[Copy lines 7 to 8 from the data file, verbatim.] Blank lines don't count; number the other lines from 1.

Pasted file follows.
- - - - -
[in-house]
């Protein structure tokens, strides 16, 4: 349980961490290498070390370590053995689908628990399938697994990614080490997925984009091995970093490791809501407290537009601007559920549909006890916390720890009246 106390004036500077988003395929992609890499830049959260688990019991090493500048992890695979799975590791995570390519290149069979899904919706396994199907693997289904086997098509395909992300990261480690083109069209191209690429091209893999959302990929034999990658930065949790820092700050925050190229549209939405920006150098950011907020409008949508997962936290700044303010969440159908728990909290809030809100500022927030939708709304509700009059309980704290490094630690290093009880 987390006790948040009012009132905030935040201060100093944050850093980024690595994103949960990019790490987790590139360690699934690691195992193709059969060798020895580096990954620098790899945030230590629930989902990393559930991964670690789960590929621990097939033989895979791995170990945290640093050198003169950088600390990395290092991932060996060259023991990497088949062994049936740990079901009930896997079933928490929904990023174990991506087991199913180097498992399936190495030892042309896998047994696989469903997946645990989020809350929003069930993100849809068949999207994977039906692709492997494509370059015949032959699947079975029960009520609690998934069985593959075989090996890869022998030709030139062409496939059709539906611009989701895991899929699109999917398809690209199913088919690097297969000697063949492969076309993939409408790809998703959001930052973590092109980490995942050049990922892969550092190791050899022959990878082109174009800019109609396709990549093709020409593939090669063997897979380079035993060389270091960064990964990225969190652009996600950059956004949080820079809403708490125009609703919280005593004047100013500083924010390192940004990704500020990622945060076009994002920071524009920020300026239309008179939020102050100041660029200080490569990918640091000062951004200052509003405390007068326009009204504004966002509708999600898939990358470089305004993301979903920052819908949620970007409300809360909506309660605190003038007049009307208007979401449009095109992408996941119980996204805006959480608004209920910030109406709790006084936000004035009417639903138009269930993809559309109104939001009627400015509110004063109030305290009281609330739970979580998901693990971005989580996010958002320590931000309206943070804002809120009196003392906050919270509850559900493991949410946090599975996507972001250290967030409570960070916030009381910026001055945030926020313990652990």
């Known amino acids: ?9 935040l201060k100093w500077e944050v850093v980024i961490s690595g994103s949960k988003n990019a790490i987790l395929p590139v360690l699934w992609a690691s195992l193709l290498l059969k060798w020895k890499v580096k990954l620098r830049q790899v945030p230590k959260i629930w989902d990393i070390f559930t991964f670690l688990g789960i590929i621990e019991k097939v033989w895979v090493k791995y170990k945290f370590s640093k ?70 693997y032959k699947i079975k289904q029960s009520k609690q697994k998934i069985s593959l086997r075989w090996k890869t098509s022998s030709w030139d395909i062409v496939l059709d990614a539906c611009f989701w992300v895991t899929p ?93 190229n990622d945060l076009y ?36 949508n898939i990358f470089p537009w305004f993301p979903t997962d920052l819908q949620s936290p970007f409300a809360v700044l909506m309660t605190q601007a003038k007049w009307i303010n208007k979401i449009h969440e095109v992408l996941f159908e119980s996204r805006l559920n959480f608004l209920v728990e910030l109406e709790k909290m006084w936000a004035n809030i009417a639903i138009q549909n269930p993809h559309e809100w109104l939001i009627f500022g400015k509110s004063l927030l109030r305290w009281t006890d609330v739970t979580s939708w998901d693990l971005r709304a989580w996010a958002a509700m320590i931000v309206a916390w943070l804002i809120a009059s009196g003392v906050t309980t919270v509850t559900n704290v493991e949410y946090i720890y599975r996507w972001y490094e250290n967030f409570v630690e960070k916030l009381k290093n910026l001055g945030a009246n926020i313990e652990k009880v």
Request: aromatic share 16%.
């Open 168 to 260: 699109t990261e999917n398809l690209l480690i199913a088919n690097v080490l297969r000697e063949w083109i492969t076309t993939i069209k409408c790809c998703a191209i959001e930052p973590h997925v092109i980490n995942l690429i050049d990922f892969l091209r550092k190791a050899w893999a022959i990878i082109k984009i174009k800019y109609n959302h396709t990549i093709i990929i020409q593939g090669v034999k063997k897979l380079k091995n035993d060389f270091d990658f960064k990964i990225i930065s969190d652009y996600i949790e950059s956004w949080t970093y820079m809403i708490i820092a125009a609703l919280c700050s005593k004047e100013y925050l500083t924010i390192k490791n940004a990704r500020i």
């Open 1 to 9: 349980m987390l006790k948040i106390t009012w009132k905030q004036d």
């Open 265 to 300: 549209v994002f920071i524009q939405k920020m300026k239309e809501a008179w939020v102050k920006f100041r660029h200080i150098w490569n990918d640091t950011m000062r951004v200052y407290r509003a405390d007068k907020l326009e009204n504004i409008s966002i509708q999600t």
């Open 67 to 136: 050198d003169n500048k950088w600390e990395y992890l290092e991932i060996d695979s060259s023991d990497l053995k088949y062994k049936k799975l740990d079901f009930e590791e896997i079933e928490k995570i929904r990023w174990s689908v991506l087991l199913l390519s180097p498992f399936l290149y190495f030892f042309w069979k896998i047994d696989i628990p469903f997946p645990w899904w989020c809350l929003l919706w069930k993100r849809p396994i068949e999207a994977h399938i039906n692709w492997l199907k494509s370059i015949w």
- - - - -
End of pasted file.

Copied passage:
């Open 265 to 300: 549209v994002f920071i524009q939405k920020m300026k239309e809501a008179w939020v102050k920006f100041r660029h200080i150098w490569n990918d640091t950011m000062r951004v200052y407290r509003a405390d007068k907020l326009e009204n504004i409008s966002i509708q999600t």
């Open 67 to 136: 050198d003169n500048k950088w600390e990395y992890l290092e991932i060996d695979s060259s023991d990497l053995k088949y062994k049936k799975l740990d079901f009930e590791e896997i079933e928490k995570i929904r990023w174990s689908v991506l087991l199913l390519s180097p498992f399936l290149y190495f030892f042309w069979k896998i047994d696989i628990p469903f997946p645990w899904w989020c809350l929003l919706w069930k993100r849809p396994i068949e999207a994977h399938i039906n692709w492997l199907k494509s370059i015949w």